CAR-T gained national attention three years ago when Carl June, a researcher at the University of Pennsylvania, used to put a young girl’s acute lymphoblastic leukemia. Genetically altering the girl’s immune cells had made her deathly ill, but June had used a Roche drug, Actemra, to treat the side effects. She lived, and the results were published in The New England Journal of Medicine. Novartis bought the rights to the Penn treatment for just $20 million up front.

Pharma Buying the right to use from an Academic Institution is a known route to leap frog the R&D lengthy process of Drug discovery.

“I’ve told the team that resources are not an issue. Speed is the issue,” says Novartis’ Chief Executive Joseph Jimenez, told Forbes in a cover story about the work then.

The FDA calls this CAR-T therapy treatment, made by Novartis, the “first gene therapy” in the U.S. The therapy is designed to treat an often-lethal type of blood and bone marrow cancer that affects children and young adults. The FDA defines gene therapy as a medicine that “introduces genetic material into a person’s DNA to replace faulty or missing genetic material” to treat a disease or medical condition. This is the first such therapy to be available in the U.S., according to the FDA.

Two gene therapies for rare, inherited diseases have already been approved in Europe.

To further evaluate the long-term safety, Novartis is also required to conduct a post-marketing observational study involving patients treated with Kymriah.

The FDA granted Kymriah Priority Review and Breakthrough Therapy designations. The Kymriah application was reviewed using a coordinated, cross-agency approach. The clinical review was coordinated by the FDA’s Oncology Center of Excellence, while CBER conducted all other aspects of review and made the final product approval determination.

The FDA granted approval of Kymriah to Novartis Pharmaceuticals Corp. The FDA granted the expanded approval of Actemra to Genentech Inc.

FDA commissioner Scott Gottlieb in a statement.

“We’re entering a new frontier in medical innovation with the ability to reprogram a patient’s own cells to attack a deadly cancer,” 

“Kymriah is a first-of-its-kind treatment approach that fills an important unmet need for children and young adults with this serious disease,” said Peter Marks, M.D., Ph.D., director of the FDA’s Center for Biologics Evaluation and Research (CBER). “Not only does Kymriah provide these patients with a new treatment option where very limited options existed, but a treatment option that has shown promising remission and survival rates in clinical trials.”

https://www.fda.gov/NewsEvents/Newsroom/PressAnnouncements/ucm574058.htm

The Protocol

A patient’s T cells are extracted and cryogenically frozen so that they can be transported to Novartis’s manufacturing center in New Jersey. There, the cells are genetically altered to have a new gene that codes for a protein—called a chimeric antigen receptor, or CAR. This protein directs the T cells to target and kill leukemia cells with a specific antigen on their surface. The genetically modified cells are then infused back into the patient.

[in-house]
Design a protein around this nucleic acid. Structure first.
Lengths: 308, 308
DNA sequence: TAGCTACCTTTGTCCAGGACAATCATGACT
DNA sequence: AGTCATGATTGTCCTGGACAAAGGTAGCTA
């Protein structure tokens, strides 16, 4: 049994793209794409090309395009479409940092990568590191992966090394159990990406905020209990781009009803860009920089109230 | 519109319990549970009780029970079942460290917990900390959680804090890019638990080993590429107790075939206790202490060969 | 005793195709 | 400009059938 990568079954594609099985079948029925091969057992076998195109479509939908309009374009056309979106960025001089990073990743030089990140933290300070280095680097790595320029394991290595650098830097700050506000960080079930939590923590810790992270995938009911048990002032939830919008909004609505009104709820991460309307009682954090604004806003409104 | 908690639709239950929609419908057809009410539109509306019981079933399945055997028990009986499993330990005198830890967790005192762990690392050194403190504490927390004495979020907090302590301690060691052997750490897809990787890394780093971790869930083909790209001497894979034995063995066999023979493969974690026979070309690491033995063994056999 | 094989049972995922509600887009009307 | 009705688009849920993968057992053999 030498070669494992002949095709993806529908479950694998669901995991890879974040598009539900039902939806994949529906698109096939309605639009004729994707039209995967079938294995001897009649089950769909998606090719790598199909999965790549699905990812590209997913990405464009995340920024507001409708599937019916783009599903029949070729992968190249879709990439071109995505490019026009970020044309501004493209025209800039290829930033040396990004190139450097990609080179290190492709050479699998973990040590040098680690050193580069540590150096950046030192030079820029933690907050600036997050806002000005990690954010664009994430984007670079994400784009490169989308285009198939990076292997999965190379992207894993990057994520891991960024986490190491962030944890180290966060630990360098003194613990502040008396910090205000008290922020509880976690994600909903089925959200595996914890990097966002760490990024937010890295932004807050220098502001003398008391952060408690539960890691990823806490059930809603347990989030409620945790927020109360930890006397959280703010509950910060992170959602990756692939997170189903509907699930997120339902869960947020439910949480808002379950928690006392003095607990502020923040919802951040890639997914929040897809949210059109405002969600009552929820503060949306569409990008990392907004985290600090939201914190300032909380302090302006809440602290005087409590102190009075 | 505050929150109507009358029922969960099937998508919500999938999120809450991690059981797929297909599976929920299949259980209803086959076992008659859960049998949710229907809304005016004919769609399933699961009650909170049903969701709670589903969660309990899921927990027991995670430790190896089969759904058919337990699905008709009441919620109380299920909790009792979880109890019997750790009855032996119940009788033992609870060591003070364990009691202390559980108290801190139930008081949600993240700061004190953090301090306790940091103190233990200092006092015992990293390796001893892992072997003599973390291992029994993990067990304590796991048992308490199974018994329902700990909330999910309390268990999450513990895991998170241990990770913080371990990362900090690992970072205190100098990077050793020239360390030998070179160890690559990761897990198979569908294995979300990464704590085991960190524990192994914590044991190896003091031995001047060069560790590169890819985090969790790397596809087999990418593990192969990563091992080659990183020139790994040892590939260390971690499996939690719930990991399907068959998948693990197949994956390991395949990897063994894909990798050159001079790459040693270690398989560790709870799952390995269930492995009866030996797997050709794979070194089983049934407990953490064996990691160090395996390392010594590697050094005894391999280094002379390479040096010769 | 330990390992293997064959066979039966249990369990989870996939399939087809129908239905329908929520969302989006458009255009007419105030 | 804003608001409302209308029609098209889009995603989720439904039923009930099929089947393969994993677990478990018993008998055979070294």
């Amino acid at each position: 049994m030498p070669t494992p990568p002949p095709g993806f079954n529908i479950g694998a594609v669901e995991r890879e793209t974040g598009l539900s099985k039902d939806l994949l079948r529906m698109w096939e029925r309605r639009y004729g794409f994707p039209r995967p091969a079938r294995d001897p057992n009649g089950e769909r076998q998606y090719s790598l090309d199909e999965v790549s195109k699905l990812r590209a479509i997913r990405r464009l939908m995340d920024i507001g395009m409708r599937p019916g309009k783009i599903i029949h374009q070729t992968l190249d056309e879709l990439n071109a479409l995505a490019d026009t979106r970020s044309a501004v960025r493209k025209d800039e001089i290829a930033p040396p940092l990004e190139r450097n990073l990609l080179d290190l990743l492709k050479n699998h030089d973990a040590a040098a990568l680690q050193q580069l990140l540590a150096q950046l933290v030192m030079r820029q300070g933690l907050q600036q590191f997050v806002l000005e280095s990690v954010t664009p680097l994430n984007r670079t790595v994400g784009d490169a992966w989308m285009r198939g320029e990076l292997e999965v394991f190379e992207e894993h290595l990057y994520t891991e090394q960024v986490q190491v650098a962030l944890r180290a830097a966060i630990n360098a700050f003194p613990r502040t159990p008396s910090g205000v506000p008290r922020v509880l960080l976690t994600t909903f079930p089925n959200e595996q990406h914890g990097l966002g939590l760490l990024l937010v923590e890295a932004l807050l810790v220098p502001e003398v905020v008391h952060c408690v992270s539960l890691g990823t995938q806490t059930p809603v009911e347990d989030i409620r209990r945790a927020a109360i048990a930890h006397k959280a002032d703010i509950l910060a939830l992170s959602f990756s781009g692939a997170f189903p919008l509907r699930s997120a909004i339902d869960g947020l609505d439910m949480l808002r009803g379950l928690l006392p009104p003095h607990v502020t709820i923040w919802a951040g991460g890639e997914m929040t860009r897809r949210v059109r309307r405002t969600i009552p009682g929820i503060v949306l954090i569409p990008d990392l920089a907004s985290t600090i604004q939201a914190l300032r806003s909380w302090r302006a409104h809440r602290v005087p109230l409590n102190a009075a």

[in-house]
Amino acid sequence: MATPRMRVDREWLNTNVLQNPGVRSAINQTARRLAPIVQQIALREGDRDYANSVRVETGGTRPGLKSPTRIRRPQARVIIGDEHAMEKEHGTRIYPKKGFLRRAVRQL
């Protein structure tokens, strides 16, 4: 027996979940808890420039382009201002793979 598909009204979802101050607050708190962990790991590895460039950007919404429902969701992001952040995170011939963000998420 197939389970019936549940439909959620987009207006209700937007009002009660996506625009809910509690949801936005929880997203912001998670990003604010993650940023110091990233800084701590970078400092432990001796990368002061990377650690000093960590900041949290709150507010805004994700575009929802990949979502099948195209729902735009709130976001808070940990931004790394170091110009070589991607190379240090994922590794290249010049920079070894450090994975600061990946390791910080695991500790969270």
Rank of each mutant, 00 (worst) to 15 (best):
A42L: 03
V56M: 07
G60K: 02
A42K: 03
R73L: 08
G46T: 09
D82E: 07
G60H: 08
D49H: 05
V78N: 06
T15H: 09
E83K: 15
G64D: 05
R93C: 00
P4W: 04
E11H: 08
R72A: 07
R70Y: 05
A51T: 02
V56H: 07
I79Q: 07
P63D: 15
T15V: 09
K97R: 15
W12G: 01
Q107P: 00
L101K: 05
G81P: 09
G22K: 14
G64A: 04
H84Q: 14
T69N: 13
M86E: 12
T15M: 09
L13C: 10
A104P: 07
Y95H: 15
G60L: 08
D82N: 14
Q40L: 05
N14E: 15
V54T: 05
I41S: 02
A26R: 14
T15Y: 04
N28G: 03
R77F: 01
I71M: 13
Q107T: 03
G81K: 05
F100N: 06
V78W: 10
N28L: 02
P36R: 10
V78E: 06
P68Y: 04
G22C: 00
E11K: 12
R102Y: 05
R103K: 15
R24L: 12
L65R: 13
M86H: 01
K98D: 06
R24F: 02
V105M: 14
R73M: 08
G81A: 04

In a clinical trial of 63 children and young adults with a type of acute lymphoblastic leukemia, 83 percent of patients that received the CAR-T therapy had their cancers go into remission within three months. At six months, 89 percent of patients who received the therapy were still living, and at 12 months, 79 percent had survived.

https://www.technologyreview.com/s/608771/the-fda-has-approved-the-first-gene-therapy-for-cancer/?utm_campaign=add_this&utm_source=email&utm_medium=post

CAR-T Therapies: Product/Molecules/MOA under Development:

  • Similar CAR-T treatments were being developed at other institutions including
  • Memorial Sloan-Kettering Cancer Center,
  • Seattle Children’s Hospital, and
  • The National Cancer Institute.
  • The Memorial and Seattle work was spun off into a startup called Juno Therapeutics, which has fallen behind. Juno Therapeutics ended a CAR-T study earlier this year after patients died from cerebral edema, or swelling in the brain.
  • The NCI work became the basis for the product being developed by Kite Pharma. Kite Pharma, which is awaiting FDA approval for its CAR-T therapy to treat a form of blood cancer in adults, was this week bought out by Gilead in a deal worth $11.9 billion.

On Cambridge Healthtech Institute’s 4th Annual Adoptive T Cell Therapy, Delivering CAR, TCR, and TIL from Research to Reality, August 29 – 30, 2017 | Sheraton Boston | Boston, MA

TUESDAY, AUGUST 29 – I covered in Real Time the talk on Juno Therapeutics: Building Better T Cell Therapies: The Power of Molecular Profiling by Mark Bonyhadi, Ph.D., Head, Research and Academic Affairs, Juno Therapeutics

https://pharmaceuticalintelligence.com/2017/08/29/live-829-chis-oncolytic-virus-immunotherapy-and-adoptive-cell-therapy-august-28-29-2017-sheraton-boston-hotel-boston-ma/

 

Precision Medicine is Costly and not a Rapid manufacturing process

All of the CAR-T products are expensive to make, and must be manufactured on an individual basis for each new patient from the patient’s own T-cells, a type of white blood cells, a process that takes weeks.

  • How quickly companies can speed up manufacturing.
  • Kymriah will be manufactured at a facility in Morris Plains, N.J.
  • CAR-T technology, which has so far been used only in patients with blood cancers that have not been cured by other treatments, can be used earlier in the disease or for solid tumors: Breast, Prostate, Melanomas.

https://www.forbes.com/sites/matthewherper/2017/08/30/fda-approves-novartis-treatment-that-alters-patients-cells-to-fight-cancer/#2aecb25b4400

Prediction How Patients will Far Well – Researchers use a big-data approach to find links between different genes and patient survival.

https://www.technologyreview.com/s/608666/a-cancer-atlas-to-predict-how-patients-will-fare/?set=